EPISODE REVIEW: Stargate: Universe: “Light” (Episode 5)

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The introductory demi-arc to set up the whole premise of “Universe” - a kind of miniseries-within-a-series - concludes tonight offering little in the way of surprises, but a lot of characterization, and a better look at the odd new direction this series is heading in.


As per last week, Destiny is heading directly at Mr. Sun. Several methods of changing course are discussed, but none of them lead anywhere, so Young decides to evacuate some people to whichever of the habitable planets in this system proves most suitable. He announces that he’s selecting two people, and fifteen more will be selected by lottery. This causes some grumbling, particularly from a bald, scary-looking new sergeant that I’ve taken to calling “Baldo.” The Colonel quells this by saying that if Baldo doesn’t shut up, he’ll remove him from the lottery.

Scott and Chloe excuse themselves to go nock space boots. Eli is damn upset over this. Camille Wray, meanwhile, tries to talk herself on to the lifeboat using bureaucratic doubletalk. Young first plays this politely, then tells her to get out or he’ll pull her from the lottery list. She breaks down and asks him not to.

Two of the planets are ruled out, the third one is on the far side of the local sun, so the can’t really scan it, but as they have no other choice, they have the lottery and launch the shuttle anyway: Lt. Scott, TJ, Sgt. Riley (This show’s “Walter”), Dr. Park, the Hubba-hubba Lt. James, Camille (Who breaks down crying), and ten others, some of whom even get lines. Baldo attempts to start a mutiny, but Sgt. Greer puts him down with one well-placed punch, and everyone else files out to watch the shuttle leave, and resign themselves to their fates.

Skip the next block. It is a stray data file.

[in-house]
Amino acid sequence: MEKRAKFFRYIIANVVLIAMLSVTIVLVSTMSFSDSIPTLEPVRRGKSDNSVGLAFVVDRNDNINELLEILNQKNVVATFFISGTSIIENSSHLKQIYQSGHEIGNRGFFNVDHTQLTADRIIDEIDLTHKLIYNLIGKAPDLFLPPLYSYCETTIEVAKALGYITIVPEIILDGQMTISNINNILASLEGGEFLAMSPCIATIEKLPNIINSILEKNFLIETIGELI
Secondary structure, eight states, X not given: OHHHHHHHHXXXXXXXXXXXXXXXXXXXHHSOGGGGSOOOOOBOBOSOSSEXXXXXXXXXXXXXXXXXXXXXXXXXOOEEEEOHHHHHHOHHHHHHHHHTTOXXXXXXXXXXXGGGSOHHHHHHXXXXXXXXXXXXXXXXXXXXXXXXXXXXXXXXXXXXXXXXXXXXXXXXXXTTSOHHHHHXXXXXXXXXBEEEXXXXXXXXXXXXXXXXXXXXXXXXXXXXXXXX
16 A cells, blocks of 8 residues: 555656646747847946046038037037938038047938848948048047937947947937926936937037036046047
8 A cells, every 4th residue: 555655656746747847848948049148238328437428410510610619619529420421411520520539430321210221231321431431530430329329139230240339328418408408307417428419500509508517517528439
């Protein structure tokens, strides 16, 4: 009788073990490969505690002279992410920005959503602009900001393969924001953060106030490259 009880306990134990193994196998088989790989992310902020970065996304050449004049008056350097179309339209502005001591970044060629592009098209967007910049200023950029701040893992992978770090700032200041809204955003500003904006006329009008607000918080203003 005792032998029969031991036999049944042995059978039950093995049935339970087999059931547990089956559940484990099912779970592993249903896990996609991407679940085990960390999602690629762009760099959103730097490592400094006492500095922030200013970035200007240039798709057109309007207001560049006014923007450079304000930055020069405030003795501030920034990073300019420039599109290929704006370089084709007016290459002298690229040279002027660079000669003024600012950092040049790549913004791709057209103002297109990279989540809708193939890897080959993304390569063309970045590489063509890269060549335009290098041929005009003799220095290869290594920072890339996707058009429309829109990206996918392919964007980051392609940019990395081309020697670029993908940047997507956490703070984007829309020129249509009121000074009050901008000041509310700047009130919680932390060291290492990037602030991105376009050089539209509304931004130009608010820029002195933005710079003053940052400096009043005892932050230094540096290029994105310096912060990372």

The Destiny dives in to the local star, but they don’t die. Instead, huge scoops come out and start sucking up solar matter. The lights inside the ship start kicking on. Surprised that they’re not dead, everyone starts milling bout, and Rush points out (As our own Ginrummy pointed out a week ago) that this was the real reason Destiny entered the system. The ship starts to leave.

Destiny contacts the shuttle to tell them the good news, but Destiny is speeding up, and the shuttle can’t match her speed. Rush suggests a gravity boost off the planet they were orbiting, which works - barely - and everyone is reunited, with (surprisingly) no loss of life.

Afterwards, everyone’s in a good mood aside from the typically standoffish Rush. Young attempts to bond with him, and reward him for taking his name out of the lottery earlier, to improve other people’s chances of going and surviving, but Rush reacts slightly oddly and Young takes this to mean that Rush knew all along the ship was in no danger. The others tell Young to let it go, so he kinda’ does.

The End.


Once again, stunningly, we get some science in a stargate show! Hats off to Science Advisor John Scalzi! This week introduced the concept of the gravity boost, which wasn’t exactly explained, and I suspect it wouldn’t work in this situation, but it is at least a solid concept, so well done, guys!

I didn’t see the ‘refueling in the sun’ thing coming on my own, though Ginrummy pointed it out to us last week, and he was right. Good job, Gin.

I’m going to say that Rush *suspected* what the Destiny was doing, but wasn’t absolutely sure. I think he figured he had a better chance of surviving on the Destiny than on the planet, but I don’t believe he was absolutely sure. I’d say he gave it 60/40 odds, since his glee at realizing he’s still alive seems pretty real, but not overwhelming. It’s like the glee of someone proven right, not the glee of someone given a reprieve from death.